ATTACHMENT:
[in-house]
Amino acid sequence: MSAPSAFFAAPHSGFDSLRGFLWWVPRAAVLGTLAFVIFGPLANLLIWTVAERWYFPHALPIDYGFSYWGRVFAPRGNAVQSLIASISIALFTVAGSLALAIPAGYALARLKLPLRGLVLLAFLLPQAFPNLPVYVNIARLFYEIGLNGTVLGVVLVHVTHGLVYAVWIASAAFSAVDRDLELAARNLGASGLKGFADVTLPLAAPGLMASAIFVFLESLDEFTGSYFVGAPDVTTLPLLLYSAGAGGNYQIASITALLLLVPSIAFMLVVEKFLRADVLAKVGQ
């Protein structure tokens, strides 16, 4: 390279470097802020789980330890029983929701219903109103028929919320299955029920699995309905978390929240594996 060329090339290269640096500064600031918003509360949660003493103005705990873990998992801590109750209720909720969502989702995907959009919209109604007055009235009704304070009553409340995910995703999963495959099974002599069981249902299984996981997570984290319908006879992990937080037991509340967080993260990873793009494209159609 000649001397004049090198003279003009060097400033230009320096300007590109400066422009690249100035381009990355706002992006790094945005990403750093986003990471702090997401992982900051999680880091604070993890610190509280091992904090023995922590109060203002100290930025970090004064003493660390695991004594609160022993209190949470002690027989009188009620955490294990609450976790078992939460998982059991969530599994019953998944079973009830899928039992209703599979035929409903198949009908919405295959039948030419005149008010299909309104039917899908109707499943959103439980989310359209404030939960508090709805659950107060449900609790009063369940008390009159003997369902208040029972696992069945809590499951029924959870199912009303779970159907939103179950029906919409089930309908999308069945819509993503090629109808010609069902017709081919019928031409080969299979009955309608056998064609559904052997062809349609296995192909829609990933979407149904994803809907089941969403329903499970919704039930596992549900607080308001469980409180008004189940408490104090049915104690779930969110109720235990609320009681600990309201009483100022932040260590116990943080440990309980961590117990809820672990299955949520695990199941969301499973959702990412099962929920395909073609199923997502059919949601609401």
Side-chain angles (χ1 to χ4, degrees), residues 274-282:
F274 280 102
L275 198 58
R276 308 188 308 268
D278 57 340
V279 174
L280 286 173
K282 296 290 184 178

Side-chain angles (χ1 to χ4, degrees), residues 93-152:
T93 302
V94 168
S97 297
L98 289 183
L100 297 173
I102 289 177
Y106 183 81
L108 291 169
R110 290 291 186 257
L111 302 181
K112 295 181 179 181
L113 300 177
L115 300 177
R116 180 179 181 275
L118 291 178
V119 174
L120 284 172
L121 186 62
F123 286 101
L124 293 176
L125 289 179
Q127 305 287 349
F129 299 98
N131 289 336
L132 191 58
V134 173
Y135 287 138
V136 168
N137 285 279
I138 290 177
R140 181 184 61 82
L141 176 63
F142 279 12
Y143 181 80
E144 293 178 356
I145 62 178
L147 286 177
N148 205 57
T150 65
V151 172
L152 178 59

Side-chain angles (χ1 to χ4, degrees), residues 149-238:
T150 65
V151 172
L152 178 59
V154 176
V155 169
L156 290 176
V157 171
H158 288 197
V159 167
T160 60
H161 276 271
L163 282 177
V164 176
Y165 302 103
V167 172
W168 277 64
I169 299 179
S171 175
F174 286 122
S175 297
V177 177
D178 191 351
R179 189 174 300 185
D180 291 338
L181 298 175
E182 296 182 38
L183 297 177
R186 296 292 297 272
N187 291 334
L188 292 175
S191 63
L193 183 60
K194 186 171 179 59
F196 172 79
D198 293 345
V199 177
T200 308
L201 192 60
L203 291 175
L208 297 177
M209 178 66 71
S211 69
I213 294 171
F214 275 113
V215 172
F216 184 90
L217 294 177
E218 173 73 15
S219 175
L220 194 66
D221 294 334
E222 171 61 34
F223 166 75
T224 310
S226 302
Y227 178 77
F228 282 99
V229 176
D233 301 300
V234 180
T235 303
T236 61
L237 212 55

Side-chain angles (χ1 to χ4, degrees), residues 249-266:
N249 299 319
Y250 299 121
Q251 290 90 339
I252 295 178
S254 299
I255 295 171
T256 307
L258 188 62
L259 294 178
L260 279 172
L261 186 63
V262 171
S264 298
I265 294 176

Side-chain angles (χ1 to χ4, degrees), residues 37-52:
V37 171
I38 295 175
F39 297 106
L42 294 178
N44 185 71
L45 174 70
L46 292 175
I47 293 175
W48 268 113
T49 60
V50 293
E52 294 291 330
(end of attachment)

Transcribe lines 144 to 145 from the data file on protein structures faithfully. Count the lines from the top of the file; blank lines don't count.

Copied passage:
V50 293
E52 294 291 330